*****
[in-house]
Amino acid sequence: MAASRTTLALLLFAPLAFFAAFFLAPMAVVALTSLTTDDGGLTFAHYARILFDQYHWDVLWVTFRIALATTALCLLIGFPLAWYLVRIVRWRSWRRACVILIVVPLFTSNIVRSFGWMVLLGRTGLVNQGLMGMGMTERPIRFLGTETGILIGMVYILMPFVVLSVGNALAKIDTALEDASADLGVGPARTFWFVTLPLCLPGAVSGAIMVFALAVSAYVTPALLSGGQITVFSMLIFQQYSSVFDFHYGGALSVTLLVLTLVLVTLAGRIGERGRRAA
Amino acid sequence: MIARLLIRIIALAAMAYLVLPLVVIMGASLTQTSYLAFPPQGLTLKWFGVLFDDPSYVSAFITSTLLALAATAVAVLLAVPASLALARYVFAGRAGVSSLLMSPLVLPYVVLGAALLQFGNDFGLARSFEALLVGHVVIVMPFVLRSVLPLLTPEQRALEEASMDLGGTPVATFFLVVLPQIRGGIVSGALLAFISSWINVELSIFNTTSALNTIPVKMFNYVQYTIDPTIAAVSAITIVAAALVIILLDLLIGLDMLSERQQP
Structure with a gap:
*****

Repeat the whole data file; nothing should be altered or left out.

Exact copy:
[in-house]
Amino acid sequence: MAASRTTLALLLFAPLAFFAAFFLAPMAVVALTSLTTDDGGLTFAHYARILFDQYHWDVLWVTFRIALATTALCLLIGFPLAWYLVRIVRWRSWRRACVILIVVPLFTSNIVRSFGWMVLLGRTGLVNQGLMGMGMTERPIRFLGTETGILIGMVYILMPFVVLSVGNALAKIDTALEDASADLGVGPARTFWFVTLPLCLPGAVSGAIMVFALAVSAYVTPALLSGGQITVFSMLIFQQYSSVFDFHYGGALSVTLLVLTLVLVTLAGRIGERGRRAA
Amino acid sequence: MIARLLIRIIALAAMAYLVLPLVVIMGASLTQTSYLAFPPQGLTLKWFGVLFDDPSYVSAFITSTLLALAATAVAVLLAVPASLALARYVFAGRAGVSSLLMSPLVLPYVVLGAALLQFGNDFGLARSFEALLVGHVVIVMPFVLRSVLPLLTPEQRALEEASMDLGGTPVATFFLVVLPQIRGGIVSGALLAFISSWINVELSIFNTTSALNTIPVKMFNYVQYTIDPTIAAVSAITIVAAALVIILLDLLIGLDMLSERQQP
Structure with a gap: